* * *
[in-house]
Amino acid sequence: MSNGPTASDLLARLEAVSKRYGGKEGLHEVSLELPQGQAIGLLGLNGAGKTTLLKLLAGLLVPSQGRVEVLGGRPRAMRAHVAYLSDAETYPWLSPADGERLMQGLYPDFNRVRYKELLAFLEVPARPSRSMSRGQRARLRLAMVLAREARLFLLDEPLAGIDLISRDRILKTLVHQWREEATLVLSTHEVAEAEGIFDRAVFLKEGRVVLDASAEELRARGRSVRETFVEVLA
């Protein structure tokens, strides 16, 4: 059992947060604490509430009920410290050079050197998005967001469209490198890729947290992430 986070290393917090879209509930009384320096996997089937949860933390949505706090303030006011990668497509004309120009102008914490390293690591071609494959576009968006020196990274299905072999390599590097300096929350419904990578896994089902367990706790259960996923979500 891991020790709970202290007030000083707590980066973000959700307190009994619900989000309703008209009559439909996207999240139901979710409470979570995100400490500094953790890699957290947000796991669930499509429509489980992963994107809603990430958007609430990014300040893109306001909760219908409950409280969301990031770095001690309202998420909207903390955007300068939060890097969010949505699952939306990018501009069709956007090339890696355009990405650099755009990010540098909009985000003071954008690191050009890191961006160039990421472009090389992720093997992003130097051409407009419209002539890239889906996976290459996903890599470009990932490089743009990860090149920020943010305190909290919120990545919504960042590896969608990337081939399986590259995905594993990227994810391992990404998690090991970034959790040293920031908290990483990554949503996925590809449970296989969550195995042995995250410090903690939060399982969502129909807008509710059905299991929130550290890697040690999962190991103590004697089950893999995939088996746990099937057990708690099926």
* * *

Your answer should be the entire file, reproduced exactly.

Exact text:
[in-house]
Amino acid sequence: MSNGPTASDLLARLEAVSKRYGGKEGLHEVSLELPQGQAIGLLGLNGAGKTTLLKLLAGLLVPSQGRVEVLGGRPRAMRAHVAYLSDAETYPWLSPADGERLMQGLYPDFNRVRYKELLAFLEVPARPSRSMSRGQRARLRLAMVLAREARLFLLDEPLAGIDLISRDRILKTLVHQWREEATLVLSTHEVAEAEGIFDRAVFLKEGRVVLDASAEELRARGRSVRETFVEVLA
């Protein structure tokens, strides 16, 4: 059992947060604490509430009920410290050079050197998005967001469209490198890729947290992430 986070290393917090879209509930009384320096996997089937949860933390949505706090303030006011990668497509004309120009102008914490390293690591071609494959576009968006020196990274299905072999390599590097300096929350419904990578896994089902367990706790259960996923979500 891991020790709970202290007030000083707590980066973000959700307190009994619900989000309703008209009559439909996207999240139901979710409470979570995100400490500094953790890699957290947000796991669930499509429509489980992963994107809603990430958007609430990014300040893109306001909760219908409950409280969301990031770095001690309202998420909207903390955007300068939060890097969010949505699952939306990018501009069709956007090339890696355009990405650099755009990010540098909009985000003071954008690191050009890191961006160039990421472009090389992720093997992003130097051409407009419209002539890239889906996976290459996903890599470009990932490089743009990860090149920020943010305190909290919120990545919504960042590896969608990337081939399986590259995905594993990227994810391992990404998690090991970034959790040293920031908290990483990554949503996925590809449970296989969550195995042995995250410090903690939060399982969502129909807008509710059905299991929130550290890697040690999962190991103590004697089950893999995939088996746990099937057990708690099926």